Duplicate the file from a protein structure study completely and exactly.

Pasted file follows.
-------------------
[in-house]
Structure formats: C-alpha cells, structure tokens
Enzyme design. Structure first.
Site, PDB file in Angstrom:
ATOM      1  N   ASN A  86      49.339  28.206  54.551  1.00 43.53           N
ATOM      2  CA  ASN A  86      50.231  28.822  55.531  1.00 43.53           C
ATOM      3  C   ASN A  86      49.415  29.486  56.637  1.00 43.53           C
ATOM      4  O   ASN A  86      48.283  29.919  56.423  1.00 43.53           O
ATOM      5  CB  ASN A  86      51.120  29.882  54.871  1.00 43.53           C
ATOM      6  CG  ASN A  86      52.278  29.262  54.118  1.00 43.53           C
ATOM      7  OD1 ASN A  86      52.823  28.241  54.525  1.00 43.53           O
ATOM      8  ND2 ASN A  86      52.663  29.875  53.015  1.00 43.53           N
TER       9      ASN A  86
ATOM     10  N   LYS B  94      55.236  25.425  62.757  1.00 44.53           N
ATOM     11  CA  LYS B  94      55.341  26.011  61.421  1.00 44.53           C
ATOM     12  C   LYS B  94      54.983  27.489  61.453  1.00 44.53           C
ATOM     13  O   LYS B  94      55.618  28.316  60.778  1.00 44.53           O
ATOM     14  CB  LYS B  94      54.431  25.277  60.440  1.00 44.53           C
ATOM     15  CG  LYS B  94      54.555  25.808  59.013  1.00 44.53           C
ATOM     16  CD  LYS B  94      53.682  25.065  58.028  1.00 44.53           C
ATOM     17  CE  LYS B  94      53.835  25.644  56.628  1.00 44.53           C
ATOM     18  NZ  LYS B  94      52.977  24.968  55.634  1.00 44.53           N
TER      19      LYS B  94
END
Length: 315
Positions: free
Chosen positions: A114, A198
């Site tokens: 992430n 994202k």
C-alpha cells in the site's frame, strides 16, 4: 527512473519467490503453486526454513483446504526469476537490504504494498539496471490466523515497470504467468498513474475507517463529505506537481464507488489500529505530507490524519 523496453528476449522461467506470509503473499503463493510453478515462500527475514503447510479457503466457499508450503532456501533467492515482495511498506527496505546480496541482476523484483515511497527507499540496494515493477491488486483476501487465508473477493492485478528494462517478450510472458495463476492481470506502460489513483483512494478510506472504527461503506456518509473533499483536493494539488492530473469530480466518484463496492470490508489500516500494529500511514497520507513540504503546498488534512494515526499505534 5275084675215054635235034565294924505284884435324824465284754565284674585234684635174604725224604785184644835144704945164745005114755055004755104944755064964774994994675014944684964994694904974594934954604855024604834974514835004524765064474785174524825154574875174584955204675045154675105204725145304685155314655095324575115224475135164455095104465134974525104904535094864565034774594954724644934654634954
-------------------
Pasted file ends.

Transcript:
[in-house]
Structure formats: C-alpha cells, structure tokens
Enzyme design. Structure first.
Site, PDB file in Angstrom:
ATOM      1  N   ASN A  86      49.339  28.206  54.551  1.00 43.53           N
ATOM      2  CA  ASN A  86      50.231  28.822  55.531  1.00 43.53           C
ATOM      3  C   ASN A  86      49.415  29.486  56.637  1.00 43.53           C
ATOM      4  O   ASN A  86      48.283  29.919  56.423  1.00 43.53           O
ATOM      5  CB  ASN A  86      51.120  29.882  54.871  1.00 43.53           C
ATOM      6  CG  ASN A  86      52.278  29.262  54.118  1.00 43.53           C
ATOM      7  OD1 ASN A  86      52.823  28.241  54.525  1.00 43.53           O
ATOM      8  ND2 ASN A  86      52.663  29.875  53.015  1.00 43.53           N
TER       9      ASN A  86
ATOM     10  N   LYS B  94      55.236  25.425  62.757  1.00 44.53           N
ATOM     11  CA  LYS B  94      55.341  26.011  61.421  1.00 44.53           C
ATOM     12  C   LYS B  94      54.983  27.489  61.453  1.00 44.53           C
ATOM     13  O   LYS B  94      55.618  28.316  60.778  1.00 44.53           O
ATOM     14  CB  LYS B  94      54.431  25.277  60.440  1.00 44.53           C
ATOM     15  CG  LYS B  94      54.555  25.808  59.013  1.00 44.53           C
ATOM     16  CD  LYS B  94      53.682  25.065  58.028  1.00 44.53           C
ATOM     17  CE  LYS B  94      53.835  25.644  56.628  1.00 44.53           C
ATOM     18  NZ  LYS B  94      52.977  24.968  55.634  1.00 44.53           N
TER      19      LYS B  94
END
Length: 315
Positions: free
Chosen positions: A114, A198
């Site tokens: 992430n 994202k």
C-alpha cells in the site's frame, strides 16, 4: 527512473519467490503453486526454513483446504526469476537490504504494498539496471490466523515497470504467468498513474475507517463529505506537481464507488489500529505530507490524519 523496453528476449522461467506470509503473499503463493510453478515462500527475514503447510479457503466457499508450503532456501533467492515482495511498506527496505546480496541482476523484483515511497527507499540496494515493477491488486483476501487465508473477493492485478528494462517478450510472458495463476492481470506502460489513483483512494478510506472504527461503506456518509473533499483536493494539488492530473469530480466518484463496492470490508489500516500494529500511514497520507513540504503546498488534512494515526499505534 5275084675215054635235034565294924505284884435324824465284754565284674585234684635174604725224604785184644835144704945164745005114755055004755104944755064964774994994675014944684964994694904974594934954604855024604834974514835004524765064474785174524825154574875174584955204675045154675105204725145304685155314655095324575115224475135164455095104465134974525104904535094864565034774594954724644934654634954